It's one thing to be in love with a composer's music and genius. It's elevated to another (spectacular!) level to also have the opportunity to hear, in the composer's own words-what their music means to them, what it is that inspires, motivates, and so on... Hearing Hovhaness's gentle voice, full of such warmth and honesty, is such a special experience and priveledge for me. Over the years I always assumed that I would have the opportunity to meet my musical idol, via a 'pilgrimage' to Seattle, Washington. I will always deeply regret that my daily life always got in the way, and that such a life-changing experience shall never take place. In the early 1990's Hovhaness's heath was already declining
rapidly and then the century turned; six months later the musical world and indeed the global community lost one of it's greatest artistic forces, a unique creator of pure and simple beauty, a true spiritualist and a staunch believer in the common good of humanity. This recording allows us to experience the thoughts, parables and personality of Hovhaness first-hand; and as it's a closely mic'd ('miked' if you prefer) and intimate session, one feels as if they are practically in the audience :)
Charles Amirkhanian interviews composer Alan Hovhaness for the San Francisco Exploratorium's "Speaking of Music" series, which was recorded on October 3rd, 1989. The American/Armenian master discusses the roots of his musical expression and demonstrates various techniques on the piano. His music is performed by New York pianist Şahan Arzruni, who brings unexcelled vigor to Hovhaness's early keyboard works and who himself poses some pertinent questions and introduces his evaluation and analysis. Arzruni is later joined by the great percussionist William Winant in a stirring rendition of selected movements from the rarely performed "Invocations to Vahaken".
Midnight Bell (from "Five Visionary Landscapes, Op. 214") (1965) / Alan Hovhaness - Two Ghazals, Op. 36a/b (1963) / Alan Hovhaness - Khaldis, Op. 91 (excerpt) (1951) / Alan Hovhaness - Fra Angelico, Op. 220 (excerpt) (1967) / Alan Hovhaness
Here's what is discussed:
Two ghazals played by Hovhaness-Armenian heritage-collaboration with Maro Ajemian and John Cage-Invocations to Vahaken-Etchmiadzin-experimenting with percussion instruments-Carroll’s Music-Lousadzak-Tzaikerk-Merce Cunningham-working with Greek musicians for Works Progress Administration (WPA)-early influences from Greek, Armenian and Oriental music-Uday Shankar and Vishnu Das Shirali-friendships with painters-study with Leo Rich Lewis at Tufts-mysticism and becoming a Rosicrucian-Hyman Bloom, painter in Boston-Yenouk Der Hagopian-Gomidas Vardapet--Floating World-Kostelanetz-Dannoura-Dane Rudhyar-finding titles for compositions-d’Indy-compositional methods-sketch book-experience in Japan and playing Japanese instruments-piano techniques-European tradition v.s. Oriental music-Out of Silence-using world music-Khaldis Concerto-jhala technique-avoiding diminished 7th chords-(two short recorded selections from Khaldis)-European and Oriental use of fifths-"Fra Angelico" "aleatory" or "spirit murmur".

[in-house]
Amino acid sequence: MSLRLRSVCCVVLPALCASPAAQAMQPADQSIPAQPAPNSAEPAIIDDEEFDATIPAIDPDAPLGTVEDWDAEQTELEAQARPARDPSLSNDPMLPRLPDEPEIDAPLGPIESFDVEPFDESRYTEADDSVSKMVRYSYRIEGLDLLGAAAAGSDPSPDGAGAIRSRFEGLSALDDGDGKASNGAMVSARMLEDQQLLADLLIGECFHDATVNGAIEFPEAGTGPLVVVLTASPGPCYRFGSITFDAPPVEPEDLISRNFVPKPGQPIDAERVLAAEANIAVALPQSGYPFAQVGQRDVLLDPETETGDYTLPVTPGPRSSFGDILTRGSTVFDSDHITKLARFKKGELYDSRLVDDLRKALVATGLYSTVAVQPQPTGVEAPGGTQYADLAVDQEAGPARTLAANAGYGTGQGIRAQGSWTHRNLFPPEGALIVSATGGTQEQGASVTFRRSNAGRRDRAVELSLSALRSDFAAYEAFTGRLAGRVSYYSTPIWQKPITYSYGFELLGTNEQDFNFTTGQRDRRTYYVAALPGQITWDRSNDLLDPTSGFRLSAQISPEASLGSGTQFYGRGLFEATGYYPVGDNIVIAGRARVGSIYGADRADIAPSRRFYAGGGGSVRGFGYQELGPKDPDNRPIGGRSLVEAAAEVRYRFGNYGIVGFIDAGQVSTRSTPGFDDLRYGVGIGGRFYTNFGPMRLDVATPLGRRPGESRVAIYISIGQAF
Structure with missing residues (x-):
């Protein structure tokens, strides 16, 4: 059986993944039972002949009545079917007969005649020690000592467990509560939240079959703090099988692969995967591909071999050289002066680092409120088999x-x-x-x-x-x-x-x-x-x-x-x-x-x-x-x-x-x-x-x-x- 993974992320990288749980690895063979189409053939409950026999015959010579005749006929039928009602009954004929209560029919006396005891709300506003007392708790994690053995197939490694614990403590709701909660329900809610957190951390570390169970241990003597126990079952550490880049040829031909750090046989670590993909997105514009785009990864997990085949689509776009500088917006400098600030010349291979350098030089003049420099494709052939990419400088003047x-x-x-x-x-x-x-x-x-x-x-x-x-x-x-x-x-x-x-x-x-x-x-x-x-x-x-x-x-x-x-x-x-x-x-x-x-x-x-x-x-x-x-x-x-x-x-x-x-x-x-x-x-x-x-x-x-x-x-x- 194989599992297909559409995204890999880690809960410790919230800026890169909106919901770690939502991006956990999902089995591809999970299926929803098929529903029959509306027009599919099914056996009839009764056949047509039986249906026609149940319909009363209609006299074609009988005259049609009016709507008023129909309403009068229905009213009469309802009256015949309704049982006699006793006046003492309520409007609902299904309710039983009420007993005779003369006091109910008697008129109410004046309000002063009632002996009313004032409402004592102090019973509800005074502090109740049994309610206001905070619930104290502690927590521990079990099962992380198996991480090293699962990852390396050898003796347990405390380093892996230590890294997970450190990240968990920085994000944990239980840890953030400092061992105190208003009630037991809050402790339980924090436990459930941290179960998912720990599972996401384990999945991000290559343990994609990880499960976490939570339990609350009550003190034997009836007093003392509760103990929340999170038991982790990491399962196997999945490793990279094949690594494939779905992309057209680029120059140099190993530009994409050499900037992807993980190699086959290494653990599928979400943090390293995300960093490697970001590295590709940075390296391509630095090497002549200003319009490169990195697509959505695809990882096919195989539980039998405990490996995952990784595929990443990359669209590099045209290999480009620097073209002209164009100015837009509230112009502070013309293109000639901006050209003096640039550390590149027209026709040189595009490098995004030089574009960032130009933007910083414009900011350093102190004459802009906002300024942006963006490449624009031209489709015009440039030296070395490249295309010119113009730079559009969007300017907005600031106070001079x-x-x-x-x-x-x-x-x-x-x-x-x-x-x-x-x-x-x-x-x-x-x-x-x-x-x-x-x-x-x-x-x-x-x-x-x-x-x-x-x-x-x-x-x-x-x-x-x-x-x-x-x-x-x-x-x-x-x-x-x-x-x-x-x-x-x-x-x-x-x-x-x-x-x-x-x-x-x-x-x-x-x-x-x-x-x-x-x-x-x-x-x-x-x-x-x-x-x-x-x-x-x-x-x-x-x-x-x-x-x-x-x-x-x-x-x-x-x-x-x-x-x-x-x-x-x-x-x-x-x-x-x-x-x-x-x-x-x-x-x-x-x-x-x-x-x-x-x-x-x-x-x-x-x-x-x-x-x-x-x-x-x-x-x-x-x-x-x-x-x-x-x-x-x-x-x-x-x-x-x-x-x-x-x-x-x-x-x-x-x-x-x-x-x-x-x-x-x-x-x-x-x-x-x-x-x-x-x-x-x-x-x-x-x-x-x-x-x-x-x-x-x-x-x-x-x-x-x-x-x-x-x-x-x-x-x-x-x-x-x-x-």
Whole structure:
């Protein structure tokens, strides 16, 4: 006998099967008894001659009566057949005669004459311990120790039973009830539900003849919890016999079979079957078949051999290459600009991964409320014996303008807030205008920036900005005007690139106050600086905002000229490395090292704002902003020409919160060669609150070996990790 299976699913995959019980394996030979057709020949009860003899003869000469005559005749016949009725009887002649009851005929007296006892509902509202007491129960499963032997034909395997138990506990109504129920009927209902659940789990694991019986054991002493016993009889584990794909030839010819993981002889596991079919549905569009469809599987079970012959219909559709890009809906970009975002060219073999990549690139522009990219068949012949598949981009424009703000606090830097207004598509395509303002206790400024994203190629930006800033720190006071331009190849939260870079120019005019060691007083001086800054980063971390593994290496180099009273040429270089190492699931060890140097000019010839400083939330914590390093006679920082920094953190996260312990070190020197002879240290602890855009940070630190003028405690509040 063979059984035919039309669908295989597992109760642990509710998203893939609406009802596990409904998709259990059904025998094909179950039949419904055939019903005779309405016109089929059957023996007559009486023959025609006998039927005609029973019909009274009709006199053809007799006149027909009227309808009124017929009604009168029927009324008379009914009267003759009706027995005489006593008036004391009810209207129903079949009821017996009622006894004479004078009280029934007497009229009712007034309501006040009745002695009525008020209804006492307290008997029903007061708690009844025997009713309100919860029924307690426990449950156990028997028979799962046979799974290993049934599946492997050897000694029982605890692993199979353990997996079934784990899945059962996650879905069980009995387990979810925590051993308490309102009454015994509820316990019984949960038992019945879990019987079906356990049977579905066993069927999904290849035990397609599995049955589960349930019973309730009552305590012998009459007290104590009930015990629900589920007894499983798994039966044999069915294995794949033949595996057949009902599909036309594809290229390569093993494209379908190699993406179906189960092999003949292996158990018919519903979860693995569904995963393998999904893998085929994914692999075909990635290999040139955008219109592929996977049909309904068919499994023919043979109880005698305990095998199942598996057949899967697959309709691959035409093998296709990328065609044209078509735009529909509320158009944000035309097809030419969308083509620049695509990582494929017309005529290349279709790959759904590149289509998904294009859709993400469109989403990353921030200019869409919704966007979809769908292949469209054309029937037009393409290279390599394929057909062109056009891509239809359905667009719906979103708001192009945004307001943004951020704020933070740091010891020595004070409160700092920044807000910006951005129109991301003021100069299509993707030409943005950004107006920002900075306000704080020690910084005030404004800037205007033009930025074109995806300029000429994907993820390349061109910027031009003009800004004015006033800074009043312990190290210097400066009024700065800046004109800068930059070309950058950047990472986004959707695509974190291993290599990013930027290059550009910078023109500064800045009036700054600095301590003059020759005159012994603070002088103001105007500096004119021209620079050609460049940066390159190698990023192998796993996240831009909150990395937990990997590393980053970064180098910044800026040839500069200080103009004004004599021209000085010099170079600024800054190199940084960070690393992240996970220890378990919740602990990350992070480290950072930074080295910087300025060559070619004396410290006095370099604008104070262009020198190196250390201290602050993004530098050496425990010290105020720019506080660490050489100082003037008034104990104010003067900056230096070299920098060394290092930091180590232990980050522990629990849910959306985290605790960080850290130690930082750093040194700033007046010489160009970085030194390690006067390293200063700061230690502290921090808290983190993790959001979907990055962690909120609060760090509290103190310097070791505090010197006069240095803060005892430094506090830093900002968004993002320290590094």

Şahan Arzruni, piano (Midnight Bell ; Ghazals)
Royal Philharmonic Orchestra (Fra Angelico)
Alan Hovhaness, conductor (Fra Angelico)
Invocations to Vahaken, Op. 54 (1945) / Alan Hovhaness
Performers: Şahan Arzruni, piano
Here's what is discussed:
Recorded selection from Fra Angelico-visionary painters-Arzruni's piano playing-(movements from "Invocations to Vahaken" played by Arzruni and Winant)-Hovhaness as organist in an Armenian church in Watertown, MA-Der Hagopian-Hovhaness's amateur orchestra-Arzruni’s perspectives of playing Hovhaness-Anahid-Boston Symphony percussionist-visit to Chicken Wing the medium-Arzruni's technique-Hovhaness's name change from Chakmakjian-living in Boston-destroying his unpublished works-Leslie Heward and the English connection-symphonic writing ("concertos for orchestras")-Arevakal-First Symphony-compositional form-visit to Armenia-Lake of Van Sonata-Khachaturian-Gomidas-(Arzruni plays "Erangi" from "Six Dances for Piano" by Gomidas).
*Both sections offer more discussion with Alan Hovhaness than music-which for any Hovhaness-phile will be nothing short of a tremendous pleasure! The musical segments are there and are quite enlightening, as well as superbly played-especially the solo piano works!
|Alan Hovhaness Memorial plaque in Arlington, Mass., where Hovhaness attended the Arlington Highschool. The plaque quotes the young & eloquent Hovhaness from his yearbook entry from 1929. This memorial was constructed in May of 2009.|
I hope everyone enjoys this rare opportunity to hear from the great man himself. I have a few other such interviews including a great (officially) released disc on Grenadilla with performances and discussions with AH, and featuring the clarinetist Lawrence Sobol among others..